The European Parliament formally endorsed on Thursday Italy's Mario Draghi to be the next president of the European Central Bank. European Union leaders are expected to give their formal backing to the appointment at a summit allowing Draghi, 63, to take over as head of the bank when Jean-Claude Trichet steps down at the end of October.
French officials have expressed concerns that Italy will have two members on the ECB's executive board once Draghi becomes president. Lorenzo Bini Smaghi is already on the six-member panel, which sets interest rates along with the 17 other Euro zone central bank governors.
France has suggested Bini Smaghi could move to replace Draghi as head of the Italian central bank, opening the way for a French appointment to the ECB executive board.
In April, Italian Prime Minister Silvio Berlusconi promised French President Nicolas Sarkozy that Italy would yield Bini Smaghi's place on the ECB board to a French candidate, in return for France's backing of Italy's Mario Draghi for president.
However, Berlusconi had not first consulted Bini Smaghi, whose eight-year term at the ECB does not end until May 2013. Bini Smaghi, who had hoped in vain to be offered Draghi's top job at the Bank of Italy, has refused to quit, leaving Berlusconi with egg on his face and delivering a rare slap in the face to France.
While Draghi, a highly respected economist and banker, has won widespread backing for his candidacy in recent weeks, there were concerns earlier in the process that his nationality and past employment with Goldman Sachs could hinder his pathway to Europe's top central banking job.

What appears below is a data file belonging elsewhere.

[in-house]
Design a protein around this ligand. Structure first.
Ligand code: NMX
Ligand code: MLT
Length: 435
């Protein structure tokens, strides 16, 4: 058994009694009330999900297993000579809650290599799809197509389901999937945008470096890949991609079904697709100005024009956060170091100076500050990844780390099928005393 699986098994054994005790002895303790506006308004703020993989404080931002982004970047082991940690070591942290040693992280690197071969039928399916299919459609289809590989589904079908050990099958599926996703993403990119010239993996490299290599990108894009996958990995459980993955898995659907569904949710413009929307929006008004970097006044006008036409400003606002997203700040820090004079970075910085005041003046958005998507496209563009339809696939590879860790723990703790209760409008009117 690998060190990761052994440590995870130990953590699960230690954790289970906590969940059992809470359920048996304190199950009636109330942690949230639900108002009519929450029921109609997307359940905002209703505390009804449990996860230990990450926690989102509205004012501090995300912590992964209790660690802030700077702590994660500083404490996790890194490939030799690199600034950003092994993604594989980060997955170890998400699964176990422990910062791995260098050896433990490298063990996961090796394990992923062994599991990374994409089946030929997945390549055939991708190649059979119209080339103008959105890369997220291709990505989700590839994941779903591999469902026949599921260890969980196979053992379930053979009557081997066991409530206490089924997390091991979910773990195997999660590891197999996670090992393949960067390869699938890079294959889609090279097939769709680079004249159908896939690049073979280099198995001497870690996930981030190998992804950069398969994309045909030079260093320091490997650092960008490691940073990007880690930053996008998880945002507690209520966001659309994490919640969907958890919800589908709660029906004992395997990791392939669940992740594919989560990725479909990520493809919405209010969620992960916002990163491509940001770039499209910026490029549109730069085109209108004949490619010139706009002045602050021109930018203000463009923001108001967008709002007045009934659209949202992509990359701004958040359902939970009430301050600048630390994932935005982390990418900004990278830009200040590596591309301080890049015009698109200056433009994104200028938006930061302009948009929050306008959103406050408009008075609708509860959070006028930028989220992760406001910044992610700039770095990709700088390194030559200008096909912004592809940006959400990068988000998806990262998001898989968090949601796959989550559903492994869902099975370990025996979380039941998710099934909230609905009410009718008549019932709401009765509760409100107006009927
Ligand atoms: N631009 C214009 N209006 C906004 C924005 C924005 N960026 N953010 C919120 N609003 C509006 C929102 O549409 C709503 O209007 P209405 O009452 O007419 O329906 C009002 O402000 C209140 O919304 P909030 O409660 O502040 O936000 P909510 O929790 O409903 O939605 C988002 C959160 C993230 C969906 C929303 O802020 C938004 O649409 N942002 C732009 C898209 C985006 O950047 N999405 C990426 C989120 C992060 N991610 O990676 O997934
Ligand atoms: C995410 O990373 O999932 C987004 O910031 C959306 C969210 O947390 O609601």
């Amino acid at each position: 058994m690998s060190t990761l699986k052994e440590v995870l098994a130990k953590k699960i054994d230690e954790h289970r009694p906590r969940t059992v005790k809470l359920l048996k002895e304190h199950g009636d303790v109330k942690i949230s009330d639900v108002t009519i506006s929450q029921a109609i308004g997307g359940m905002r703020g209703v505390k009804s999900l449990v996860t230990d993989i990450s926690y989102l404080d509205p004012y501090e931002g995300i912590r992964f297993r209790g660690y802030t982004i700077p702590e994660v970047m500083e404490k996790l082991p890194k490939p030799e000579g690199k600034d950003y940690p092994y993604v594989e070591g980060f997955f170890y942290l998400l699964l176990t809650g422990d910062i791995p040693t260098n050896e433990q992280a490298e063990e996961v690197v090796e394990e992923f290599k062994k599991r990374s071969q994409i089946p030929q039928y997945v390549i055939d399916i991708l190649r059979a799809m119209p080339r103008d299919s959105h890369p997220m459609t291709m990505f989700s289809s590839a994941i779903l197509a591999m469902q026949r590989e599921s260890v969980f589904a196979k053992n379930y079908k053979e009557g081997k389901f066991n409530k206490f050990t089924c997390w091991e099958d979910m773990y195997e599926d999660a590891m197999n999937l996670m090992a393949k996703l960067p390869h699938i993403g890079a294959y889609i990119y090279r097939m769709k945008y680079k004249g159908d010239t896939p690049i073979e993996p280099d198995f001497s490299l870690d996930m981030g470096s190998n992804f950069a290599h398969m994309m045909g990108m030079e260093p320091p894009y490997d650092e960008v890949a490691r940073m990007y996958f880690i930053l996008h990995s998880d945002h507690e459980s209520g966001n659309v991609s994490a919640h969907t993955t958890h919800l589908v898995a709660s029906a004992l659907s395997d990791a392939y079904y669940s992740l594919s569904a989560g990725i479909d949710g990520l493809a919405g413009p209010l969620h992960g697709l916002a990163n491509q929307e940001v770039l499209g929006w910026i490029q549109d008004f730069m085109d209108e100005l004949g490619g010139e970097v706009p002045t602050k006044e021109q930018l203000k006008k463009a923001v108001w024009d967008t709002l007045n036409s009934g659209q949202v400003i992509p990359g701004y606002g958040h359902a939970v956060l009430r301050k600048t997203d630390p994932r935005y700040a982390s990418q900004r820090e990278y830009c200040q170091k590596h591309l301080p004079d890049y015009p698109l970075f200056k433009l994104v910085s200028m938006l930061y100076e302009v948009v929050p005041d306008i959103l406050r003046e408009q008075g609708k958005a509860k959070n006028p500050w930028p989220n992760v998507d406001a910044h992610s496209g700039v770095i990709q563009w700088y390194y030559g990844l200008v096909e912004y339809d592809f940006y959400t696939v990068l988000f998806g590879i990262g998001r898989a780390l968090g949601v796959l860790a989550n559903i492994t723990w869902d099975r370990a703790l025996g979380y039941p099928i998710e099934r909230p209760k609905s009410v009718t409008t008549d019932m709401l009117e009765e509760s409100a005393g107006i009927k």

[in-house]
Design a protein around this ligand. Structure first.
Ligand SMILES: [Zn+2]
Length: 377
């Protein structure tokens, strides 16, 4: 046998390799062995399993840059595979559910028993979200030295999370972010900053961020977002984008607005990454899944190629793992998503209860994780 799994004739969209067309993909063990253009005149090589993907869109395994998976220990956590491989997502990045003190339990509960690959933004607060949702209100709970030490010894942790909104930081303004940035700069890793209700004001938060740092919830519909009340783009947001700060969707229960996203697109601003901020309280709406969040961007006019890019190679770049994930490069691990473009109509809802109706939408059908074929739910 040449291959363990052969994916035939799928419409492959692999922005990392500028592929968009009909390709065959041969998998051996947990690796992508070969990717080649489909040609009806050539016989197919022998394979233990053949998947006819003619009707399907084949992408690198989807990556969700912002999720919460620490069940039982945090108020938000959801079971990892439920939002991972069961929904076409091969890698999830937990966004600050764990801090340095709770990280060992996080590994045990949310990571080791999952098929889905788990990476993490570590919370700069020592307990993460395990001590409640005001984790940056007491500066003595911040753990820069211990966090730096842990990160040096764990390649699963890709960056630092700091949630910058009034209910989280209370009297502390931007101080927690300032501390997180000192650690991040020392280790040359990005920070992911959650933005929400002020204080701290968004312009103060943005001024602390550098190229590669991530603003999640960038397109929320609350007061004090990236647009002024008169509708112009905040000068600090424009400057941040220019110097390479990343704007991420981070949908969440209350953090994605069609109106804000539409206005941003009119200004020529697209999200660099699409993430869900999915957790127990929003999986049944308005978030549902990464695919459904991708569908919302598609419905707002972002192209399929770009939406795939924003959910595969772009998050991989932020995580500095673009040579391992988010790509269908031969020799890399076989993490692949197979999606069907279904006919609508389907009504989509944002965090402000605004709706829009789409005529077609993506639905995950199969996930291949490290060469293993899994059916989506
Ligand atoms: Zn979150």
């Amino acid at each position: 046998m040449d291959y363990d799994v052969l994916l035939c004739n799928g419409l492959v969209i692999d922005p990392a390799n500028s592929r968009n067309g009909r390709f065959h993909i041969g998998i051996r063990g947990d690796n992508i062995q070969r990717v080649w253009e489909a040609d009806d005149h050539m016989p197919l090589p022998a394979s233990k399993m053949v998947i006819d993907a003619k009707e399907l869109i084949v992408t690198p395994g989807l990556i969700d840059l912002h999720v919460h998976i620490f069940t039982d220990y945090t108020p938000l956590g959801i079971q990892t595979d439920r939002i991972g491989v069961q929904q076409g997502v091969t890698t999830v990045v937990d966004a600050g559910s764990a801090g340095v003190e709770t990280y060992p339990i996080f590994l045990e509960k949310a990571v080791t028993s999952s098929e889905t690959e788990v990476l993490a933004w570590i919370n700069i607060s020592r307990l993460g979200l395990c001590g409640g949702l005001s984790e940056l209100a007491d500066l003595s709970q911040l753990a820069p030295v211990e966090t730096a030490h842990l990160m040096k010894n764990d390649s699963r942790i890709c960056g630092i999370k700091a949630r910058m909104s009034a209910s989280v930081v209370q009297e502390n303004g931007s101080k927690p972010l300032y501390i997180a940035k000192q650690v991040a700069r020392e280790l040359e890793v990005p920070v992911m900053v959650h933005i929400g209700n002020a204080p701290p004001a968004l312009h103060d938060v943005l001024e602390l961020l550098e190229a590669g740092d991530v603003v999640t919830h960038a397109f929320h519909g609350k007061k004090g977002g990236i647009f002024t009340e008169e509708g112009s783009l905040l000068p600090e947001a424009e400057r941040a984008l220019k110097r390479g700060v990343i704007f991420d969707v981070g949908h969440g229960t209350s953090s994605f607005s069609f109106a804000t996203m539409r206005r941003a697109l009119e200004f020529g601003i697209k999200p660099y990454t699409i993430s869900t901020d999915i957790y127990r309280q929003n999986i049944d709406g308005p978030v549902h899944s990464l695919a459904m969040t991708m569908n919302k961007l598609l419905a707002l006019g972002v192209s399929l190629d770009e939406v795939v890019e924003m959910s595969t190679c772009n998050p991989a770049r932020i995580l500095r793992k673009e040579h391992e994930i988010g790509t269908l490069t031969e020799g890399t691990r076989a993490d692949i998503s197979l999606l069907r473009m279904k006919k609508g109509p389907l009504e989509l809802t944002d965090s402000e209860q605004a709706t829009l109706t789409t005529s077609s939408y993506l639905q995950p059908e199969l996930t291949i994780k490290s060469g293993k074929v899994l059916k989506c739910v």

In appearances before the European Parliament's finance committee, Draghi made clear that his role at Goldman Sachs between 2002 and 2005 did not involve selling financial instruments but was largely an advisory position.
He has also underlined his experience in overseeing Europe's Financial Stability Board, and emphasized the common thinking he shares with Trichet on monetary policy and on the risks to the financial system of a failure to tackle Greece's debt crisis.
According to his non-official biography Draghi graduated from La Sapienza University of Rome under the supervision of Federico Caffé and then earned a Ph D in economics from the Massachusetts Institute of Technology in 1976 under the supervision of Nobel Laureates Franco Modigliani and Robert Solow. He was full professor at the University of Florence from 1981 until 1991. From 1984 to 1990 he was Executive Director of the World Bank.
In 1991, he became director general of the Italian Treasury, and held this office until 2001. During his time at the Treasury, he chaired the committee that revised Italian corporate and financial legislation and drafted the law that governs Italian financial markets. He is also a former board member of several banks and corporations (Eni, IRI, BNL and IMI).
He was then vice chairman and managing director of Goldman Sachs International and a member of the firm-wide management committee (2002–2005). He is a trustee at the Institute for Advanced Study in Princeton, New Jersey in and also at the Brookings Institution in Washington D.C. He has been a Fellow of the Institute of Politics at the John F. Kennedy School of Government, Harvard University.